Mammals and many species of birds and fish are among "evolution’s winners," while crocodiles, alligators and a reptile cousin of snakes known as the tuatara are among its losers, according to new research published July 24 in the online early edition of Proceedings of the National Academy of Sciences (PNAS).
"Our results indicate that mammals are special," said Michael Alfaro, UCLA assistant professor of ecology and evolutionary biology, and lead author of the research.
The study also shows that new species emerge nearly as often as they die off.
Alfaro and his colleagues analyzed DNA sequences and fossils from 47 major vertebrate groups, and used a computational approach to calculate whether the species richness of each of these 47 groups is exceptionally high or low. The research allows scientists to calculate for the first time which animal lineages have exceptional rates of success.
Evolutionary winners include most modern birds, including the songbirds, parrots, doves, eagles, hummingbirds and pigeons; a group that includes most mammals; and a group of fish including most of the fish that lives on coral reefs, said Alfaro, an evolutionary biologist.
A group of many mammals, with the scientific name of Boreoeutheria, has diversified about seven times faster than scientists would have expected, beginning about 110 million years ago, Alfaro and his colleagues calculated. The group includes primates and carnivores, as well as bats and rodents. Pouched mammals, such as kangaroos, are not as richly varied as other mammals, he said.
Modern birds have diversified about nine times faster than expected, starting about 103 million years ago, Alfaro said.
The group of fish that lives on coral reefs has diversified about eight times faster than expected, he said.
Who are the evolutionary losers?
Crocodiles and alligators are nearly 250 million years old, Alfaro said, yet have diversified into only 23 species. They are diversifying a staggering 1,000 times slower than Alfaro would have expected.
"Their species richness is so low, given how old they are," he said.
The tuatara, which lives in New Zealand and resembles lizards (though, actually distant cousins), has only two species.
"In the same period of time that produced more than 8,000 species of snakes and lizards, there were only two species of tuatara," Alfaro said.
Why are there not thousands of species of tuataras?
"That is one of the big mysteries about biodiversity," Alfaro said. "Why these evolutionary losers are still around is a very hard thing to explain. They have been drawing inside straights for hundreds of millions of years. It's a real mystery to biologists how there can be any tuataras given their low rate of speciation. They must have something working for them that has allowed them to persist. In species richness, these are losers, but in another sense, this highlights how unique they are. There are incredibly disparate patterns of species richness."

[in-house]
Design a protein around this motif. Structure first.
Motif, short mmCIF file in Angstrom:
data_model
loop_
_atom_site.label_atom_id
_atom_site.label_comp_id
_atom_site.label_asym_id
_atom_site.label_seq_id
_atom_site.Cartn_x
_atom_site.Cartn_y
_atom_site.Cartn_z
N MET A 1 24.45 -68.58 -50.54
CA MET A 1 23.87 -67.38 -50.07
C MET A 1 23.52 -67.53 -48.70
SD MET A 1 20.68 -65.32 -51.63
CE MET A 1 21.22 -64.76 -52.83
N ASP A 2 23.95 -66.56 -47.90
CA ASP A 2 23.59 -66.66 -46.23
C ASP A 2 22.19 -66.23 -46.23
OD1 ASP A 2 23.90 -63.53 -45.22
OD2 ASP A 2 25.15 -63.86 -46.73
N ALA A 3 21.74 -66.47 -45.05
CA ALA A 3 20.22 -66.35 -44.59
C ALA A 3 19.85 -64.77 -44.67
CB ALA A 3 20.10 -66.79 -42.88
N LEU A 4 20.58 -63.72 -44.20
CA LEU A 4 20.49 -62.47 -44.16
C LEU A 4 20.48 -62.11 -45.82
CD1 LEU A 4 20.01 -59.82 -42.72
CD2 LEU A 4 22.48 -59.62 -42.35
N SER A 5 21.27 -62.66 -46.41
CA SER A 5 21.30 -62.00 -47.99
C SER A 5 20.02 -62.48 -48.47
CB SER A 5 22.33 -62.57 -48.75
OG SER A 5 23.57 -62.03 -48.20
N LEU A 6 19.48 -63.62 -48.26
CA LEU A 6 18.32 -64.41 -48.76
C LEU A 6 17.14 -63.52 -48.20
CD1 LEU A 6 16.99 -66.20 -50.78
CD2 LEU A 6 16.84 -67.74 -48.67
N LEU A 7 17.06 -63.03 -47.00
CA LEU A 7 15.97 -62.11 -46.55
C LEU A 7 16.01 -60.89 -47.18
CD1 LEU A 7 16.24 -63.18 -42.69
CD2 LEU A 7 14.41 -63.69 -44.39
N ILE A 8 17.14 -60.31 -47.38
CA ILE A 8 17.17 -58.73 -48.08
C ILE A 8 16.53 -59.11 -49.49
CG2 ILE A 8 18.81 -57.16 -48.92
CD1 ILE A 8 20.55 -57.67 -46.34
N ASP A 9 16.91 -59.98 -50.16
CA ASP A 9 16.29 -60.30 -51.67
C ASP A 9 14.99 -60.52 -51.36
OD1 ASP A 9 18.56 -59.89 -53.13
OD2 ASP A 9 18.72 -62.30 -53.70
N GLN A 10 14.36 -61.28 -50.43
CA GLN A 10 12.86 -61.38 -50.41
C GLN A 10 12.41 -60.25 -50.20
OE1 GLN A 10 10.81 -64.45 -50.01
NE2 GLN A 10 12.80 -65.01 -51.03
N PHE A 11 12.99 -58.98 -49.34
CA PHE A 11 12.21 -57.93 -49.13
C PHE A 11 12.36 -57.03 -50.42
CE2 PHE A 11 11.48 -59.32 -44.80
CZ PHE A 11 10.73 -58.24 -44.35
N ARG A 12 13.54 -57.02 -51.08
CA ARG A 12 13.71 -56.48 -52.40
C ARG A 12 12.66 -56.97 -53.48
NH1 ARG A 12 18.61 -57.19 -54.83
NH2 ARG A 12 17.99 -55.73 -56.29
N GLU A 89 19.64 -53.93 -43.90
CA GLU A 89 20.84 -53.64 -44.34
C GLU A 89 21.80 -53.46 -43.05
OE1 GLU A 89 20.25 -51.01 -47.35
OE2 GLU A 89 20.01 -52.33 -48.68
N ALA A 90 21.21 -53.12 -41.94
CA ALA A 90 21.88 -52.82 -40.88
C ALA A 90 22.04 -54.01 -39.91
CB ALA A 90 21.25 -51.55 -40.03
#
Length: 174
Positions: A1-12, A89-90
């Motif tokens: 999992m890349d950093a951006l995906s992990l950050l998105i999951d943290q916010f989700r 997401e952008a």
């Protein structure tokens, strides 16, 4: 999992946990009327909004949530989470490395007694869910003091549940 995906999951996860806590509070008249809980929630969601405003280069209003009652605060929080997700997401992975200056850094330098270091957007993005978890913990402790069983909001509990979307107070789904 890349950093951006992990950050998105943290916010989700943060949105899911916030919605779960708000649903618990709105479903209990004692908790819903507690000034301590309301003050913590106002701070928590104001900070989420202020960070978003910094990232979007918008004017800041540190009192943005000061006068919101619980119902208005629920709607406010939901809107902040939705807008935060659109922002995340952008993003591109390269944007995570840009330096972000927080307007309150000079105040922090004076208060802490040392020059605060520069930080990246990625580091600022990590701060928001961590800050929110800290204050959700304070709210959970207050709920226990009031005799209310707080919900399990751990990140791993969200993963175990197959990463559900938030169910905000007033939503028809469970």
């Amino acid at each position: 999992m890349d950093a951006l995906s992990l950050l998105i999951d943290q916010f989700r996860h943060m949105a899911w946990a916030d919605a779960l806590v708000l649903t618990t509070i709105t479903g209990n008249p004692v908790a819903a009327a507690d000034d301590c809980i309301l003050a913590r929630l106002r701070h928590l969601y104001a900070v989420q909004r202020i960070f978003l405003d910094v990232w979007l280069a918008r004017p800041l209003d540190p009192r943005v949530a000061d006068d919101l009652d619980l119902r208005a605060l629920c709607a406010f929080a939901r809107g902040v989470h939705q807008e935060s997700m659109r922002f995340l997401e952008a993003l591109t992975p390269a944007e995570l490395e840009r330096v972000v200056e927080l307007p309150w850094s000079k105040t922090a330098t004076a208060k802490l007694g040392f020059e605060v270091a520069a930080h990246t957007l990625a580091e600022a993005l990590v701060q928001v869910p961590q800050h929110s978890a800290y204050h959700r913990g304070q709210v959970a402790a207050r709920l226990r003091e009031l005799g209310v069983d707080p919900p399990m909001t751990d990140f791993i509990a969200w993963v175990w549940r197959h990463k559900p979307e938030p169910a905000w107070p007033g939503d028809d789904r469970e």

Tuataras were a bit more diverse in their heyday; there may have been a few dozen species of them, most of which have gone extinct, Alfaro said.
In contrast, there are more than 9,000 species of birds, more than 5,400 species of mammals, approximately 5,500 species of frogs, some 3,000 species of snakes, and 5,200 species of lizards Alfaro said.
The number of frog species, although it sounds high, is about what Alfaro would expect, given how old they are — approximately 250 million years old.
"Our analysis suggests we should not be surprised to see a group with that many species in that amount of time," Alfaro said.
There are almost 60,000 species of jawed vertebrates. Alfaro and his colleagues report evidence for exceptional diversification rates in nine taxonomic groups of jawed vertebrates. Interestingly, their findings do not coincide with traditional scientific explanations for why there are so many mammals, birds and fish.
"The timing of the rate increases does not correspond to the appearance of key characteristics that have been invoked to explain the evolutionary success of these groups, such as hair on mammals or mammals’ well-coordinated chewing ability or feathers on birds," Alfaro said. "Our results suggest that something more recent is the cause of the biodiversity. It may be that something more subtle explains the evolutionary success of mammals, birds and fish. We need to look for new explanations."